ASEAN KEY DESTINATIONS
Philippine Central Bank forcasts reserve hike
The Bangko Sentral ng Pilipinas (BSP) revised upwards for a second time its dollar reserves forecast this year amid their continued rise in the first half of this year. Governor Amando Tetangco said the BSP expects the country’s gross international reserves (GIR) to reach $49 billion to $50 billion this year, up from an earlier estimate of $48 billion to $49 billion.
“The increase came basically from foreign exchange operations of the BSP and this resulted in an increase in foreign exchange inflows particularly remittances and BPO [business process outsourcing] services. Plus of course, we also saw positive inflows in portfolio investments. Exports were up so that also added into the foreign exchange coming into the system,” Tetangco said.
Another source would be the investments income of the BSP, the Manila Times reported.
“When we invest our reserves we earn interest. The bigger your reserves, the bigger the interest income, plus income from trading operations. Earlier this year we also benefited [from] the foreign loans that were secured by the national government. So part of this has become part of the reserves and the other part was used by the national government,” the BPS chief said.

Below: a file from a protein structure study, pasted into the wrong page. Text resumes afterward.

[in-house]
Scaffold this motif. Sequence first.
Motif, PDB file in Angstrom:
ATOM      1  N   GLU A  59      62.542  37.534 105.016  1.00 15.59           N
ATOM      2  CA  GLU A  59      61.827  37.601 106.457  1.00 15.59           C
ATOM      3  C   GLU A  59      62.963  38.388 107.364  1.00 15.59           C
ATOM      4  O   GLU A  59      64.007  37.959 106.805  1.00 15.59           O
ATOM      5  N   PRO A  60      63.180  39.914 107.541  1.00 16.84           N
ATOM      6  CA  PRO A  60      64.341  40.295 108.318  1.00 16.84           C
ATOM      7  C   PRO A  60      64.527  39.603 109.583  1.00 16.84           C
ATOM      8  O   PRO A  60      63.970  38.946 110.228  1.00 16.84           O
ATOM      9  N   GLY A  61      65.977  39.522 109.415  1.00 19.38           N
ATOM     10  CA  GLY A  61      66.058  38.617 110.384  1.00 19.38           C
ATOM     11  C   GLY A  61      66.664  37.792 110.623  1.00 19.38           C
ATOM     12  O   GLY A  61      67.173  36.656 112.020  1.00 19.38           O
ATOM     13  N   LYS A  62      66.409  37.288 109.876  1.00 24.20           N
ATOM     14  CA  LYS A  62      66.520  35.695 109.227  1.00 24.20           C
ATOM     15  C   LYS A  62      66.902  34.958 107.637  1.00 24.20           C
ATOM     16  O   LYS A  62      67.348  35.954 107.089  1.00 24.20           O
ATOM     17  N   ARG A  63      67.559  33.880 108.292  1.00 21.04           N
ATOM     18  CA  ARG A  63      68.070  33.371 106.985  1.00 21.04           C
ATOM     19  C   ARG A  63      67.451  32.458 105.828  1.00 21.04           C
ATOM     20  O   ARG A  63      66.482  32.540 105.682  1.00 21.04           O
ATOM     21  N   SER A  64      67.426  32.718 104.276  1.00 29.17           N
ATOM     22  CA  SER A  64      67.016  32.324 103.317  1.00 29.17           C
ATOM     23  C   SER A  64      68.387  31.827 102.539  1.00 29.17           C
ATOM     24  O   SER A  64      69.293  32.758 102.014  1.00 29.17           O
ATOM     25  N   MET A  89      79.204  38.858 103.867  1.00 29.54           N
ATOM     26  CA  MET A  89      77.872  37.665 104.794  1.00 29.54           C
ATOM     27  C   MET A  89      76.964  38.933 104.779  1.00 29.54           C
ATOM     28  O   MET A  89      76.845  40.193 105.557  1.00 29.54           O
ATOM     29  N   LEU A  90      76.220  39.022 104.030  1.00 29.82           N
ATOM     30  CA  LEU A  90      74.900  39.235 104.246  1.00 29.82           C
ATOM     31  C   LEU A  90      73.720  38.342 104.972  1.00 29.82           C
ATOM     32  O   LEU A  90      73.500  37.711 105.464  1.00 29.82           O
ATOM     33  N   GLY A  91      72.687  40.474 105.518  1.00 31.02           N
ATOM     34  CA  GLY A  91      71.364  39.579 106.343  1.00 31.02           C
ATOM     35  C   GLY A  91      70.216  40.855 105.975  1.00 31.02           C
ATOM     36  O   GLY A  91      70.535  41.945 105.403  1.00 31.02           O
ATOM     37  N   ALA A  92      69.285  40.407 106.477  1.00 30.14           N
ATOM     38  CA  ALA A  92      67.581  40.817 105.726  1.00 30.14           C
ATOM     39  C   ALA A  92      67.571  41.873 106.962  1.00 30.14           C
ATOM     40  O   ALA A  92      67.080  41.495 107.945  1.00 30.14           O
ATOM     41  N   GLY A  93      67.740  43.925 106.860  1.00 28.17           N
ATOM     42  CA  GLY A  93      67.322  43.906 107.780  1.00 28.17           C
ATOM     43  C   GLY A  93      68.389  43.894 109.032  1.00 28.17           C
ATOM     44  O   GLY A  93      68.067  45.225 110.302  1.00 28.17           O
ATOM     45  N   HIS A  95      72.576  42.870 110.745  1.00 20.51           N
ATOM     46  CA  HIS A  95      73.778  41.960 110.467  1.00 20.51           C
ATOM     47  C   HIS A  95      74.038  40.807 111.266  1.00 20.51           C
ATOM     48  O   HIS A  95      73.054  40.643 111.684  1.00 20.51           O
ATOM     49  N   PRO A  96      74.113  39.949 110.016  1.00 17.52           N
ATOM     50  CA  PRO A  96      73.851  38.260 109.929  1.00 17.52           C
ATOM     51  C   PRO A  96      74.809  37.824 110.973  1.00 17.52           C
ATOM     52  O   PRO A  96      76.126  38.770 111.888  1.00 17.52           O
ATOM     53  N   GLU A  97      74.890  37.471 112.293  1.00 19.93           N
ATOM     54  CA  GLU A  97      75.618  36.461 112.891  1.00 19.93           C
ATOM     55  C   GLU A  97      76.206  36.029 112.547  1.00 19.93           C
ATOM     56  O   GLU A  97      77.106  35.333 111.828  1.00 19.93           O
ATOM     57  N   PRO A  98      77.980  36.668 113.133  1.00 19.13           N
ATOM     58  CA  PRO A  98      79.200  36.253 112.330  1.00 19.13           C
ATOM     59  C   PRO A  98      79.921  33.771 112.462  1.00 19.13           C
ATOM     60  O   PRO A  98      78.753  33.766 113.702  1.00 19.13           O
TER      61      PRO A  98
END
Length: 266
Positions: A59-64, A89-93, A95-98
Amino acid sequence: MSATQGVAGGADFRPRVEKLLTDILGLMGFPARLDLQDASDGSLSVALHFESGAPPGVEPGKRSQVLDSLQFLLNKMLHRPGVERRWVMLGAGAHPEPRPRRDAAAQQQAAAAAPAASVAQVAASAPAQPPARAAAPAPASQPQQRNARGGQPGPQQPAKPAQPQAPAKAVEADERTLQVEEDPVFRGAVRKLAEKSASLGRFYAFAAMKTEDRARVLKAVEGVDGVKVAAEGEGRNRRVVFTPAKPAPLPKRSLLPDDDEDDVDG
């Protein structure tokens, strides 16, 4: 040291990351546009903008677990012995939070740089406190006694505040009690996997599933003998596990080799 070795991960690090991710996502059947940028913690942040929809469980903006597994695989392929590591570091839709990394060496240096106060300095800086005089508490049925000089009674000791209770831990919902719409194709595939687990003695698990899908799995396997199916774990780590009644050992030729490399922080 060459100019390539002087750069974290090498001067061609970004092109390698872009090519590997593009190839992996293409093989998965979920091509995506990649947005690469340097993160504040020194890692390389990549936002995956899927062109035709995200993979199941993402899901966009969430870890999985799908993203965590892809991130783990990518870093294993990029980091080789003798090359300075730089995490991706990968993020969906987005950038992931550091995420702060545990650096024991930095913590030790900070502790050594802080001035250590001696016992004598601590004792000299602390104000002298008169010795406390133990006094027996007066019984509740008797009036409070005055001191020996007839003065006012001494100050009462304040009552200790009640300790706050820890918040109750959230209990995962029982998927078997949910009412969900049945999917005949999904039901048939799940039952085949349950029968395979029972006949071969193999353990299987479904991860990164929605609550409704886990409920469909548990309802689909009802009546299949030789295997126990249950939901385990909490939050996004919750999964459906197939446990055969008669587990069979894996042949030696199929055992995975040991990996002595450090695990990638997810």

The BSP holds international reserves for the foreign exchange requirements of the country in case the domestic commercial banks’ supply of the greenback falls short of demand.
The foreign assets that the BSP holds are mostly in the form of investments in foreign-issued securities, monetary gold and foreign exchange. An ample GIR helps prop up the peso and keep domestic inflation at bay.
Preliminary data from the BSP showed that the country’s GIR rose to $48.4 billion at end-June, or $7 million higher than the end-May level of $47.7 billion.
The value of gold holdings inched up 45 percent to $6.9 billion in May from $4.7 billion last year.
Foreign investments also grew 17.4 percent to $39.8 billion from $33.93 billion previously.
These dollar receipts were partly offset by the payments of maturing foreign exchange obligations of the national government and the central bank.
The current GIR could cover nine months of imports of goods and payments of services and income. It is also equivalent to 9.3 times the country’s short-term external debt based on original maturity and 4.8 times based on residual maturity.
Net international reserves, which excludes short-term liabilities, also climbed to $48.4 billion at end-June, or higher by $7 million than the previous month’s $47.7 billion.
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